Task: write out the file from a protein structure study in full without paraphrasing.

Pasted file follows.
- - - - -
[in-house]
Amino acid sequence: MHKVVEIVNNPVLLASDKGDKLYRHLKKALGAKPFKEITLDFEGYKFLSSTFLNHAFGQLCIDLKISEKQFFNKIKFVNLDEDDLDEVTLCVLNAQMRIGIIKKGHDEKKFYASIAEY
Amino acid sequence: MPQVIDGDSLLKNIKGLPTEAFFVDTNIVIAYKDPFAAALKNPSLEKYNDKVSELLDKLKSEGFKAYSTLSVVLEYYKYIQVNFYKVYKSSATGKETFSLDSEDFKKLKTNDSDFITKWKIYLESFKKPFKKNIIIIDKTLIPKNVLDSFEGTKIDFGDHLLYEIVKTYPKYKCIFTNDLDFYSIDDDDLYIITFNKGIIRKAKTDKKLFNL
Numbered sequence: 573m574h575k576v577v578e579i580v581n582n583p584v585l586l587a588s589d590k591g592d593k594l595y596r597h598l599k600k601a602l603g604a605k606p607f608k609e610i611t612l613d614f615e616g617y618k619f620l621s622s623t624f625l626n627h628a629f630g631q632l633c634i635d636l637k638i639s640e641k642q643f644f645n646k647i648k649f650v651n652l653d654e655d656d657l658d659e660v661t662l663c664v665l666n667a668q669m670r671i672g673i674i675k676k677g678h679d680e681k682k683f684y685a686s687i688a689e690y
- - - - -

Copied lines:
[in-house]
Amino acid sequence: MHKVVEIVNNPVLLASDKGDKLYRHLKKALGAKPFKEITLDFEGYKFLSSTFLNHAFGQLCIDLKISEKQFFNKIKFVNLDEDDLDEVTLCVLNAQMRIGIIKKGHDEKKFYASIAEY
Amino acid sequence: MPQVIDGDSLLKNIKGLPTEAFFVDTNIVIAYKDPFAAALKNPSLEKYNDKVSELLDKLKSEGFKAYSTLSVVLEYYKYIQVNFYKVYKSSATGKETFSLDSEDFKKLKTNDSDFITKWKIYLESFKKPFKKNIIIIDKTLIPKNVLDSFEGTKIDFGDHLLYEIVKTYPKYKCIFTNDLDFYSIDDDDLYIITFNKGIIRKAKTDKKLFNL
Numbered sequence: 573m574h575k576v577v578e579i580v581n582n583p584v585l586l587a588s589d590k591g592d593k594l595y596r597h598l599k600k601a602l603g604a605k606p607f608k609e610i611t612l613d614f615e616g617y618k619f620l621s622s623t624f625l626n627h628a629f630g631q632l633c634i635d636l637k638i639s640e641k642q643f644f645n646k647i648k649f650v651n652l653d654e655d656d657l658d659e660v661t662l663c664v665l666n667a668q669m670r671i672g673i674i675k676k677g678h679d680e681k682k683f684y685a686s687i688a689e690y